OBJECTIVE. The aim of this in vitro study was to examine the capability of three protocols of dual-energy CT imaging in distinguishing calcium oxalate, calcium phosphate, and uric acid kidney stones. MATERIALS AND METHODS. A total of 48 calcium oxalate, calcium phosphate, and uric acid human kidney stone samples were placed in individual containers inside a cylindric water phantom and imaged with a dual-energy CT scanner using the following three scanning protocols of different combinations of tube voltage, with and without a tin filter: 80 and 140 kVp without a tin filter, 100 and 140 kVp with a tin filter, and 80 and 140 kVp with a tin filter. The mean attenuation value (in Hounsfield units) of each stone was recorded in both low- and high-energy CT images in each protocol. The dual-energy ratio of the mean attenuation values of each stone was computed for each protocol. RESULTS. For all three protocols, the uric acid stones were significantly different (p < 0.001) from the calciferous stones according to their dual-energy ratio values. For differentiating calcium oxalate and calcium phosphate stones, the difference between their dual-energy ratio values was statistically significant, with different degrees of significance (range, p < 0.001 to p = 0.03) for all three protocols. On the basis of the values of the area under receiver operating characteristic curve (AUC) of calcified stone differentiation, the three protocols were ranked in the following order: the 80- and 140-kVp tin filter protocol (AUC, 0.996), the 100- and 140-kVp tin filter protocol (AUC, 0.918), and the 80- and 140-kVp protocol (AUC, 0.871). CONCLUSION. The tin filter added to the high-energy tube and the use of a wider dual-energy difference are important for improving the stone differentiation capability of dualenergy CT imaging.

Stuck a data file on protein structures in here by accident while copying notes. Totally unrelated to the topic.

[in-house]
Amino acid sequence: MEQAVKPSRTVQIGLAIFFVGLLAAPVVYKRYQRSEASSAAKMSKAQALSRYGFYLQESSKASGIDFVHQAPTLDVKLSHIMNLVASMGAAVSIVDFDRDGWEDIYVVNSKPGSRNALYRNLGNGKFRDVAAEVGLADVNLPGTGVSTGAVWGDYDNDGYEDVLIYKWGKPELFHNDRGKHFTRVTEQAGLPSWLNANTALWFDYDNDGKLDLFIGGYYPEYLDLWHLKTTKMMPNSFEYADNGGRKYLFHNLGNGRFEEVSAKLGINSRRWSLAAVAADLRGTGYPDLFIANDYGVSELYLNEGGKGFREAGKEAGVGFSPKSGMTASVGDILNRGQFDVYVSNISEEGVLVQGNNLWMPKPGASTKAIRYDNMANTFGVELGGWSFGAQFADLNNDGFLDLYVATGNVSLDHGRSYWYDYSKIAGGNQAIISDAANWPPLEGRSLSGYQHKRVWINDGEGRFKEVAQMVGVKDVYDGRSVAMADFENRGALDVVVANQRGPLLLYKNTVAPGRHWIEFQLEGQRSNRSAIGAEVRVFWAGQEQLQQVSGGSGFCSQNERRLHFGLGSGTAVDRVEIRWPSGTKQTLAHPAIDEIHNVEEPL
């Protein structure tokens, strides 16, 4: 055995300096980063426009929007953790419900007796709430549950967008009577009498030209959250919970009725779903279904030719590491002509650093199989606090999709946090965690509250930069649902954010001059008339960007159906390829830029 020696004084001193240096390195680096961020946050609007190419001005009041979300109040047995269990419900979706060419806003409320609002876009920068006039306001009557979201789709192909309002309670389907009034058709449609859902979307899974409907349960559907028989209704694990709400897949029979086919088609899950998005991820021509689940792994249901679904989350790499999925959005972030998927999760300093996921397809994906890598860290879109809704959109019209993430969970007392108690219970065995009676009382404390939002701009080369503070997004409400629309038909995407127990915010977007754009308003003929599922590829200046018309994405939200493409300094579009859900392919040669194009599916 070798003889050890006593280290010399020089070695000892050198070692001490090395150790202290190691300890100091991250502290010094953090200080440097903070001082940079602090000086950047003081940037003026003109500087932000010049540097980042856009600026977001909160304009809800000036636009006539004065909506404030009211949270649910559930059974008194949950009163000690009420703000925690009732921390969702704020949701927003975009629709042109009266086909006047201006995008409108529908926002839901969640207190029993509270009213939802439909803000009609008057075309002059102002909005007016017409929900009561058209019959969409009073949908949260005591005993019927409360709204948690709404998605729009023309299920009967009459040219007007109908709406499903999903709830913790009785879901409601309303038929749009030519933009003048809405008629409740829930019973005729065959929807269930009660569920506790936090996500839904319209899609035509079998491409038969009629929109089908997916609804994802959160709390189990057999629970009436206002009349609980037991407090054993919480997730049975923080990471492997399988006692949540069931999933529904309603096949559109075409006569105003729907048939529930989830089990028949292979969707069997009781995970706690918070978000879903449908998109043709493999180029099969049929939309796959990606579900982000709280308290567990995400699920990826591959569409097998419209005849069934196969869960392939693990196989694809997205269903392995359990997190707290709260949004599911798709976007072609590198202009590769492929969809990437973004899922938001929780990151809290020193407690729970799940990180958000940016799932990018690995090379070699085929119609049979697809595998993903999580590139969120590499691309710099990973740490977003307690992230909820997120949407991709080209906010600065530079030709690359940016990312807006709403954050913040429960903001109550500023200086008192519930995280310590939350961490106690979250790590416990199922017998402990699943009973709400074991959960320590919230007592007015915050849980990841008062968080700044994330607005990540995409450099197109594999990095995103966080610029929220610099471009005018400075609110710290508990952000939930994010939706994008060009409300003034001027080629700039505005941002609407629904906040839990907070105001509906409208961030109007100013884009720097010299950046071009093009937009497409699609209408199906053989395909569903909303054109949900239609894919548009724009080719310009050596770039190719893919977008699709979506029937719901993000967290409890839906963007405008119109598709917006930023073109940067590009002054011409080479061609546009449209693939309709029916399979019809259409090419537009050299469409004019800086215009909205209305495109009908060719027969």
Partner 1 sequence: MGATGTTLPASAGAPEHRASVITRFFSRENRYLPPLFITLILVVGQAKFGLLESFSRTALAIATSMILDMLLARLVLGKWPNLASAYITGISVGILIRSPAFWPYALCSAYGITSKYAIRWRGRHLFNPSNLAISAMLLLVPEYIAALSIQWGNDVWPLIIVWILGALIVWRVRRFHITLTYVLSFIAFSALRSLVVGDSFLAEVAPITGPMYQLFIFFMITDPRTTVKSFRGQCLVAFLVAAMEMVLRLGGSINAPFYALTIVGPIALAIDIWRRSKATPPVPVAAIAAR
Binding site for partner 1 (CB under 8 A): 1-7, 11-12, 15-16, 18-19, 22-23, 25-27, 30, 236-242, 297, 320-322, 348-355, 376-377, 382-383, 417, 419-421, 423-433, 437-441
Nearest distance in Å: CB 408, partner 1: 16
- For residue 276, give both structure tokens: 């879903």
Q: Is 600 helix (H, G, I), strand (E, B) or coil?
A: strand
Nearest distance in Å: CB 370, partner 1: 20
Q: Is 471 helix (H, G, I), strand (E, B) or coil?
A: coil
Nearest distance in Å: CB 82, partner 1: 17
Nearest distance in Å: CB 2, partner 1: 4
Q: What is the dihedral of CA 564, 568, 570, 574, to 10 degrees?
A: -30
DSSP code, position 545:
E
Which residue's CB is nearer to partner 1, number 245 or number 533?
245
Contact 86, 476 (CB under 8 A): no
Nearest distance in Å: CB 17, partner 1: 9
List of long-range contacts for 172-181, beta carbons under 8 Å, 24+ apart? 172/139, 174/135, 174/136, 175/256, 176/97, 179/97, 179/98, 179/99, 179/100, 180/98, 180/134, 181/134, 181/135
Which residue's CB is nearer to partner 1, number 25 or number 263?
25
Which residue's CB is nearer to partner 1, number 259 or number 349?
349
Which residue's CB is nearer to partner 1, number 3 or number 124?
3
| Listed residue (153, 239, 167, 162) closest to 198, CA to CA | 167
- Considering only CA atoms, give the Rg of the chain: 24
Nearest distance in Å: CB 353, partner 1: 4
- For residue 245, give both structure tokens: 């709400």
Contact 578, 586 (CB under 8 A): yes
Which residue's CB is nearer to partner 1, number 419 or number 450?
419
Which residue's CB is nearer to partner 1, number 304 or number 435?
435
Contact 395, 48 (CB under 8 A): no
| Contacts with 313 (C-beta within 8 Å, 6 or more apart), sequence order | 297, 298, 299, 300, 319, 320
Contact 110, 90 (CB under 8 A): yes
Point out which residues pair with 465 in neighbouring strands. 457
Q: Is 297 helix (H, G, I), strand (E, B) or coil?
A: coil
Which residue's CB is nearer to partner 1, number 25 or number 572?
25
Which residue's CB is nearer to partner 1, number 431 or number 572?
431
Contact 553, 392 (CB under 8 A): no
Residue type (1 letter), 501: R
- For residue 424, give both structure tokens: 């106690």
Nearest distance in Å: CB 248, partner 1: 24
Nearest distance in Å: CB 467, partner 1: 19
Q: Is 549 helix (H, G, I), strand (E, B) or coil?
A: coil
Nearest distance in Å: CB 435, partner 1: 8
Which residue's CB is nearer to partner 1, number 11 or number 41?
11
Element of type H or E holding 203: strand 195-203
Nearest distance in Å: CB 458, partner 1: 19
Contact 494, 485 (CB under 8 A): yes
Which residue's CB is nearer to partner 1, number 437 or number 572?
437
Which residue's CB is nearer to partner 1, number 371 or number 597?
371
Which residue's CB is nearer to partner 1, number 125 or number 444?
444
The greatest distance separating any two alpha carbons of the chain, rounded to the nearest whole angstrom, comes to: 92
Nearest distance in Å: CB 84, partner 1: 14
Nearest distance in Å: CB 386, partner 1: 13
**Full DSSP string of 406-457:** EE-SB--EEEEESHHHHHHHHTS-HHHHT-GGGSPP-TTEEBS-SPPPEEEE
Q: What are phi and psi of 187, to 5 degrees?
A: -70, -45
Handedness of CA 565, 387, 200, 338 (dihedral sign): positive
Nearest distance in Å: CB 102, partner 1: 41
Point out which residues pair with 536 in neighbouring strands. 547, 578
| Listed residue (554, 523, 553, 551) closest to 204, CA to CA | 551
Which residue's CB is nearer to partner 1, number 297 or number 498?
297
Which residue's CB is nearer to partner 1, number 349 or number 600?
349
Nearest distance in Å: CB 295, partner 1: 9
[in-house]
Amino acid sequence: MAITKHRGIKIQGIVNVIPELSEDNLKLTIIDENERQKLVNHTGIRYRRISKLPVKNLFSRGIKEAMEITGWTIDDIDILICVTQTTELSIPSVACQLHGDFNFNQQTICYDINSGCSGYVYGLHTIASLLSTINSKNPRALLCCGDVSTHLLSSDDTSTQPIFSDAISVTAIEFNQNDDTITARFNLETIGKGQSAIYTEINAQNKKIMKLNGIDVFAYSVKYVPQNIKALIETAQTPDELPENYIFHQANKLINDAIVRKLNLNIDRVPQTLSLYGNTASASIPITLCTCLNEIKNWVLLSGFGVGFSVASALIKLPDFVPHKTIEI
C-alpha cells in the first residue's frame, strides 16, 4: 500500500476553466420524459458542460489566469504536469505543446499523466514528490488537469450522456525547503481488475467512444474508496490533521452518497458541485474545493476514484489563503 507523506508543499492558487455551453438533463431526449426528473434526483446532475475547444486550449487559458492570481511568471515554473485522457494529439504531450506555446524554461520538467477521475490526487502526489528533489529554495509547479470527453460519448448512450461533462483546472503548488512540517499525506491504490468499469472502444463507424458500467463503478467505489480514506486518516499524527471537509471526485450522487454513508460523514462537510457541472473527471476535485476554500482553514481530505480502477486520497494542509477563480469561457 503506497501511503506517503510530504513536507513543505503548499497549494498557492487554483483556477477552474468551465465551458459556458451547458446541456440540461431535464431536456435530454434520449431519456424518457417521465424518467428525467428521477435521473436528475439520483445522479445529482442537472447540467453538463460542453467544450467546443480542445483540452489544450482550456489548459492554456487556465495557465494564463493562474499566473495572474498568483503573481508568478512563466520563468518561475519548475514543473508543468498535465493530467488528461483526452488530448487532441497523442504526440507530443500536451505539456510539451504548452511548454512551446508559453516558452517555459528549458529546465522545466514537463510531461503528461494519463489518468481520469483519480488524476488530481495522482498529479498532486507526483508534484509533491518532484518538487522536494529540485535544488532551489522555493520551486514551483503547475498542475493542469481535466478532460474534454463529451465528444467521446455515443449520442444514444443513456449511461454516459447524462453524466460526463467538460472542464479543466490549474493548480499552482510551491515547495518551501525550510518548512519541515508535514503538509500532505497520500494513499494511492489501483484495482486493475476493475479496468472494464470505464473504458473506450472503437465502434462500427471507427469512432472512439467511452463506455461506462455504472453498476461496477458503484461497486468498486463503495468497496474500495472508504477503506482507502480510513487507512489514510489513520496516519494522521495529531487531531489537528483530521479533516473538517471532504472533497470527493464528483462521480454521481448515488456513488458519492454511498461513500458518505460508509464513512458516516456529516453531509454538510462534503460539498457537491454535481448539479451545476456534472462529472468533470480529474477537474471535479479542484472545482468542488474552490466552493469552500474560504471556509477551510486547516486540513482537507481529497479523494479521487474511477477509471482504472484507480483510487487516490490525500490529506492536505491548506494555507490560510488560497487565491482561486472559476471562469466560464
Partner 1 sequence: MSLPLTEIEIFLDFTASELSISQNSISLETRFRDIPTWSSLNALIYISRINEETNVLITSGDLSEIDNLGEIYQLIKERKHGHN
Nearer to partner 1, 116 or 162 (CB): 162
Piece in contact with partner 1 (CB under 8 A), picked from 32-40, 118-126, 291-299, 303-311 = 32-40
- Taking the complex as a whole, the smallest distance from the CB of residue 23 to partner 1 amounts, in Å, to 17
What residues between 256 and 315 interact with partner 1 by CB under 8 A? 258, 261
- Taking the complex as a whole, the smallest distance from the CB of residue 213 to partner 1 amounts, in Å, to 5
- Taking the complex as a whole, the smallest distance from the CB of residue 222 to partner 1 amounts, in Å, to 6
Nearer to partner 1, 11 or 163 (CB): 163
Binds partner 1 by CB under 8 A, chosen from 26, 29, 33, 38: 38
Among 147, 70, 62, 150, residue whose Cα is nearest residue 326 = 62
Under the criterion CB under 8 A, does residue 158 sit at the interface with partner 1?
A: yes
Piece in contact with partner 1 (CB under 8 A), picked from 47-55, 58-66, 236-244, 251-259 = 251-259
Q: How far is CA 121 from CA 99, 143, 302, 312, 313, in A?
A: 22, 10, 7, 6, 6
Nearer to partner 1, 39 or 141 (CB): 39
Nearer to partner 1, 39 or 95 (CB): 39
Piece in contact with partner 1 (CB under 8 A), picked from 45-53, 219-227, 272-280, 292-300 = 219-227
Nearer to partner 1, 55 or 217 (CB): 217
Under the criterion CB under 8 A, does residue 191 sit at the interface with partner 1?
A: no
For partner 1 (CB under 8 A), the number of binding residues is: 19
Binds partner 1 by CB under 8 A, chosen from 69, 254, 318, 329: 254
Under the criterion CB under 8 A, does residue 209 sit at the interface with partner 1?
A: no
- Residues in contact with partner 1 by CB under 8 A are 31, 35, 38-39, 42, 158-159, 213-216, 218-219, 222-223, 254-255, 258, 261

- Dual-energy CT
- Kidney stone
- Spectrum optimization
ASJC Scopus subject areas
- Radiology Nuclear Medicine and imaging